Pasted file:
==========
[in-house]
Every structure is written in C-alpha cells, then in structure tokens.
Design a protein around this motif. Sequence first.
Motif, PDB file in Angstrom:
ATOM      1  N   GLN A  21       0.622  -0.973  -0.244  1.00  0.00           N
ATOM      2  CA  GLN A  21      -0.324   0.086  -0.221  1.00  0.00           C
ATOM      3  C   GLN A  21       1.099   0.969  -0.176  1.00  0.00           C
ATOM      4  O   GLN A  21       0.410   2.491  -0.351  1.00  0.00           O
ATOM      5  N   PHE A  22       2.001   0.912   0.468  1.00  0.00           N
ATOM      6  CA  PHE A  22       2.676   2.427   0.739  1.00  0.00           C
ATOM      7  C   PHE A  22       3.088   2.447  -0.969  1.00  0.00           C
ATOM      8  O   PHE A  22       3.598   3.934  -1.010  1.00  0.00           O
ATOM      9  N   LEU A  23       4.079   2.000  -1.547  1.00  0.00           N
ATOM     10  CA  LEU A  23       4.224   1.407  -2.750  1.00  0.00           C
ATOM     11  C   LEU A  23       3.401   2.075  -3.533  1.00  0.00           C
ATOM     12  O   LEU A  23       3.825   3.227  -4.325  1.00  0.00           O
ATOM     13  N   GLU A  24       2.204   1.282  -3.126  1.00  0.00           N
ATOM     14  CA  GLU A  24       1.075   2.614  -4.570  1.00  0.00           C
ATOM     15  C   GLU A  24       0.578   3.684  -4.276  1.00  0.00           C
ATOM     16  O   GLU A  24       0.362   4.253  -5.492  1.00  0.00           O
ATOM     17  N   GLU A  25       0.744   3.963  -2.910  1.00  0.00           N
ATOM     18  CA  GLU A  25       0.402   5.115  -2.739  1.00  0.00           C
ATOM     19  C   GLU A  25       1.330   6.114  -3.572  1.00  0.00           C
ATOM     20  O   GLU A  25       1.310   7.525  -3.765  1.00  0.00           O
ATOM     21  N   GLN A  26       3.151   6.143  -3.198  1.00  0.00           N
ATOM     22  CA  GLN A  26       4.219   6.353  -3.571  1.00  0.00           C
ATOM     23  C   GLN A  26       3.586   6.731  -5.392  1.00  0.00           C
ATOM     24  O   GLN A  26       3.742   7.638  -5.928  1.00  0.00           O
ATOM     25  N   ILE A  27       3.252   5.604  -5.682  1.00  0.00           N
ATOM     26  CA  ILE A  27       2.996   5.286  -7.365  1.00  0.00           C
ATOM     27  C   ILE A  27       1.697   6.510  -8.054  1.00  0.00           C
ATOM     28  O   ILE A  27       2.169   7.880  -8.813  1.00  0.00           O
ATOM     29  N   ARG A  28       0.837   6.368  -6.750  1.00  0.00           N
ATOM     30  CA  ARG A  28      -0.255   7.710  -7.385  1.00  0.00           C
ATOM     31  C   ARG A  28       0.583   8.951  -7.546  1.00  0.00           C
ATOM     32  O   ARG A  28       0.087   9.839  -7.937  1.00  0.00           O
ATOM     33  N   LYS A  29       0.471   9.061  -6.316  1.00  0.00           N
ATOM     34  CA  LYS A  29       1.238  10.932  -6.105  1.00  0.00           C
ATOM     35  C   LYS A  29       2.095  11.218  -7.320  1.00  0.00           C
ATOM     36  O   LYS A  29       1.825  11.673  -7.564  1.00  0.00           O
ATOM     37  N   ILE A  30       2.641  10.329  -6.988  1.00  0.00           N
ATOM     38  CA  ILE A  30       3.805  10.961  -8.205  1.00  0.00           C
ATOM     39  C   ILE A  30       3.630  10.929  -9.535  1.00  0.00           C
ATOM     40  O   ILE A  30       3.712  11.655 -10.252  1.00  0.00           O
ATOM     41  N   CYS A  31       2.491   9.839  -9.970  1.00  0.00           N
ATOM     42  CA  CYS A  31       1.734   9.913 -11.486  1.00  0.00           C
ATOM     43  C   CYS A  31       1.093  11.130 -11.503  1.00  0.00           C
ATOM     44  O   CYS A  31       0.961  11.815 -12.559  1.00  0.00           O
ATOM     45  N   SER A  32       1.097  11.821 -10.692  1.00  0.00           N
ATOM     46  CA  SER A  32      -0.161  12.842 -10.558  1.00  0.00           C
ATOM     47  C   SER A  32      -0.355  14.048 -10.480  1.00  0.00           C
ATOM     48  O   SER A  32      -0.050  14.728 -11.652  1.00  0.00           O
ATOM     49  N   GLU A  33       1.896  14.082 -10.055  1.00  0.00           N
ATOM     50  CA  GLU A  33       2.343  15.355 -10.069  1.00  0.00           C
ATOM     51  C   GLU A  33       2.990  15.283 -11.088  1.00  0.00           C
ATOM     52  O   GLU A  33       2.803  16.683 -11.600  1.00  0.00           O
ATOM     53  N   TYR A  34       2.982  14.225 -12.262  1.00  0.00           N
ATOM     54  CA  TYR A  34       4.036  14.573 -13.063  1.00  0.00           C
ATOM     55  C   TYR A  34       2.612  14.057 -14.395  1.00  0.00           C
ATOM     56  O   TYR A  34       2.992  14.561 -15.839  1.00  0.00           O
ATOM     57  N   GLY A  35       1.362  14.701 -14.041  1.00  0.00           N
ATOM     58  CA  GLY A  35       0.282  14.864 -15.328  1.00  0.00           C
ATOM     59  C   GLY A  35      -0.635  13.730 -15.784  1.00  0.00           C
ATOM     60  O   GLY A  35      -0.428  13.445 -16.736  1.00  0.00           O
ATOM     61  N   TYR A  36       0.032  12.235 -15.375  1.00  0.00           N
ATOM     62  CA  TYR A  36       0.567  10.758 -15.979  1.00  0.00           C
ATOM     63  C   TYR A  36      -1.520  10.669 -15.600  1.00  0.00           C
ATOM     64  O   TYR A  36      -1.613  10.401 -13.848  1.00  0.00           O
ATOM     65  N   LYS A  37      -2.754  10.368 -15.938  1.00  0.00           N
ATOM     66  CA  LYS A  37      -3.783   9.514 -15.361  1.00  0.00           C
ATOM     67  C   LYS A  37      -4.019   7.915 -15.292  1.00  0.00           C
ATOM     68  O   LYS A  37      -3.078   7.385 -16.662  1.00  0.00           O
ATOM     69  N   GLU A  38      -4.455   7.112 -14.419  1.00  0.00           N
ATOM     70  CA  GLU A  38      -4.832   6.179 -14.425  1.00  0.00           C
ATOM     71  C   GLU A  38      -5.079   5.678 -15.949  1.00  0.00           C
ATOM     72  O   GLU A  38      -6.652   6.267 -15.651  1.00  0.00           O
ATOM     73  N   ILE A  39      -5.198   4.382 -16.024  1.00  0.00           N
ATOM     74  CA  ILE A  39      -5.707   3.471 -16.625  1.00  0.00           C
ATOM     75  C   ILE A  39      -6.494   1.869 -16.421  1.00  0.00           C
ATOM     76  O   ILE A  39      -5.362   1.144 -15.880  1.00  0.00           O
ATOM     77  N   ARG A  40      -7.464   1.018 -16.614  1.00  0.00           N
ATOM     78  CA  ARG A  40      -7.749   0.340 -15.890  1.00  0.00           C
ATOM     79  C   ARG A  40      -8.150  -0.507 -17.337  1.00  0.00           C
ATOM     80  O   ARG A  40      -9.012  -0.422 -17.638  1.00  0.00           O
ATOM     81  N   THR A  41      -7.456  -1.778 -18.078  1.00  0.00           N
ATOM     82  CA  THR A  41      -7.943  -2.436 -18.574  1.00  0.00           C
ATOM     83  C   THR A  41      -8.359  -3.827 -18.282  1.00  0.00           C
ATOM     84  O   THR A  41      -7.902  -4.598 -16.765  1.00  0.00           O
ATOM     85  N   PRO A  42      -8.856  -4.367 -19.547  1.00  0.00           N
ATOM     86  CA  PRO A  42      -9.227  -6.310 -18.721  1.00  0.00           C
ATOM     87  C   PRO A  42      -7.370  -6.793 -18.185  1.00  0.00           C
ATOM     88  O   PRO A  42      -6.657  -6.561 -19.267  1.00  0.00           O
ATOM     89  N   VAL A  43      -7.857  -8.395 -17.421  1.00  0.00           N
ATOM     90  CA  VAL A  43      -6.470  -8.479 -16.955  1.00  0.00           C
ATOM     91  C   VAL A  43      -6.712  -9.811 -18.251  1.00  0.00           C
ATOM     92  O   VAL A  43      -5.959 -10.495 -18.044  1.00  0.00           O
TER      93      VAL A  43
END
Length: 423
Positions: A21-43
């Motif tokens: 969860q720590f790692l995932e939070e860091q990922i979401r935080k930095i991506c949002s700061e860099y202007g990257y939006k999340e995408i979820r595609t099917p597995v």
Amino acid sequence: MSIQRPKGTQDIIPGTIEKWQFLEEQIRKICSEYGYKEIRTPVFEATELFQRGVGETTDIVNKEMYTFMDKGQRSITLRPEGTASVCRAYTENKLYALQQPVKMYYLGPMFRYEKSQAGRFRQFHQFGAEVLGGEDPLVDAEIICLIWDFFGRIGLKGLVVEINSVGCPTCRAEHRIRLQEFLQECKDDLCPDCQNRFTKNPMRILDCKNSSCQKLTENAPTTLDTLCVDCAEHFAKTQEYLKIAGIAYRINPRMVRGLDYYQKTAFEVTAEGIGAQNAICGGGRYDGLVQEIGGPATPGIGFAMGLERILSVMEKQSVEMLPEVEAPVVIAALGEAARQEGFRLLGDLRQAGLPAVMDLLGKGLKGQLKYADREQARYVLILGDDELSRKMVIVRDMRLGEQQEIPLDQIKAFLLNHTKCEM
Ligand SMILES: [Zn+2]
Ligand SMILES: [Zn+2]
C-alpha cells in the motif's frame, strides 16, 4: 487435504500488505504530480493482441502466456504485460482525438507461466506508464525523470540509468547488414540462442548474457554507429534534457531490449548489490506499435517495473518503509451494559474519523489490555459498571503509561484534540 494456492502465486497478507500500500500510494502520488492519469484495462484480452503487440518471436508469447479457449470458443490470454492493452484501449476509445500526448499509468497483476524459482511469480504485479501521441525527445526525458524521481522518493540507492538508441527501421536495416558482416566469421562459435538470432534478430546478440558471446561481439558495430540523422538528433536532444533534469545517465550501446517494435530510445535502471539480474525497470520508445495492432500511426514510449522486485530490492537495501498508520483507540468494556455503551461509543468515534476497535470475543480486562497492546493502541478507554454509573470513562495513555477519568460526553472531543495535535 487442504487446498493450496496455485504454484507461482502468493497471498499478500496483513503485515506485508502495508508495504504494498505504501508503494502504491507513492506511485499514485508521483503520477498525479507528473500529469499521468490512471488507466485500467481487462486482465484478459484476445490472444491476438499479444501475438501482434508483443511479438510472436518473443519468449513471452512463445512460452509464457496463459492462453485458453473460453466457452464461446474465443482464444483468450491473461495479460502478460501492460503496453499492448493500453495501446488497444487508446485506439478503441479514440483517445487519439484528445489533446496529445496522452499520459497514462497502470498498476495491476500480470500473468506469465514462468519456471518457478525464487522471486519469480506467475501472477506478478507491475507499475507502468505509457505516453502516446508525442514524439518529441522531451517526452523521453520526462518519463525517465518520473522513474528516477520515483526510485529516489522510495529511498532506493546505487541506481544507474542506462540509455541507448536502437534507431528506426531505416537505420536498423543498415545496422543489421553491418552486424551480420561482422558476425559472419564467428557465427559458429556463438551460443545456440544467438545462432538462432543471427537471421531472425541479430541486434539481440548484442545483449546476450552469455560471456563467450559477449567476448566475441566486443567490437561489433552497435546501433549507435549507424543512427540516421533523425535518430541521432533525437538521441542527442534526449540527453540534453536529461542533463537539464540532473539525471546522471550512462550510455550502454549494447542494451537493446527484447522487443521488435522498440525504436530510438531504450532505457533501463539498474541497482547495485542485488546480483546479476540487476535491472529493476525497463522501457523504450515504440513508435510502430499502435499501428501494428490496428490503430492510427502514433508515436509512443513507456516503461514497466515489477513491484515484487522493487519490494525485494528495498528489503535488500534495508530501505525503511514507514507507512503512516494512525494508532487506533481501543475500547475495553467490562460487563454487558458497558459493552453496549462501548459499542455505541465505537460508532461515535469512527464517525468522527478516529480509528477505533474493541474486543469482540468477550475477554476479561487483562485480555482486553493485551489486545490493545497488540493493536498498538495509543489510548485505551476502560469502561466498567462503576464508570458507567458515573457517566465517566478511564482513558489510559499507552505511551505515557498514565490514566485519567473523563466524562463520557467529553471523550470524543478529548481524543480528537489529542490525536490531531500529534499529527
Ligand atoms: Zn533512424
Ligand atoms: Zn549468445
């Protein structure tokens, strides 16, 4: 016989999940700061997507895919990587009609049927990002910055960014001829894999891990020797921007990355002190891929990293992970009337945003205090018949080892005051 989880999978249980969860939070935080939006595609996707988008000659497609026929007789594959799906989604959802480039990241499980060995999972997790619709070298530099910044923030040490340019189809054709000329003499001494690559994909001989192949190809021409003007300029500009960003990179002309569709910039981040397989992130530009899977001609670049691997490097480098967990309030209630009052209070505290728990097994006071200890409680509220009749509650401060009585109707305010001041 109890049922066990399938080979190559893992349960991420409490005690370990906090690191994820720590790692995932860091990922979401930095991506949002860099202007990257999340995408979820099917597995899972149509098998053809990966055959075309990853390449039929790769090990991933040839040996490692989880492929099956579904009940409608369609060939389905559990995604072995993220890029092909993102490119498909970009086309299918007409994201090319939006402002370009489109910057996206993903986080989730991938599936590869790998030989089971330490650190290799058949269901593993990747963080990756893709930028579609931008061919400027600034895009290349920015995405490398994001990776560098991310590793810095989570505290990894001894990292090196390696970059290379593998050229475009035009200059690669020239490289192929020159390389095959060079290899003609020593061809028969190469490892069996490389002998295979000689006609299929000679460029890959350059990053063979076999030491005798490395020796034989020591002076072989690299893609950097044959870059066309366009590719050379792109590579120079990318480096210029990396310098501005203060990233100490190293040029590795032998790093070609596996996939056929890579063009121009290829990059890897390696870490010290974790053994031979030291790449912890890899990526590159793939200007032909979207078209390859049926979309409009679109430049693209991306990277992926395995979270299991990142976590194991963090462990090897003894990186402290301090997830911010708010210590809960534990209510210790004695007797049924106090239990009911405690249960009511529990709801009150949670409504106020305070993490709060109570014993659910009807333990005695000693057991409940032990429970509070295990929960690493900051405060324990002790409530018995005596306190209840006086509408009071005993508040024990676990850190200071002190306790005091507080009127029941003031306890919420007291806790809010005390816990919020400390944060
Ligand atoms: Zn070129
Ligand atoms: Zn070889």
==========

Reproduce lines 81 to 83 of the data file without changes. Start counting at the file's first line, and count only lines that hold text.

ATOM     77  N   ARG A  40      -7.464   1.018 -16.614  1.00  0.00           N
ATOM     78  CA  ARG A  40      -7.749   0.340 -15.890  1.00  0.00           C
ATOM     79  C   ARG A  40      -8.150  -0.507 -17.337  1.00  0.00           C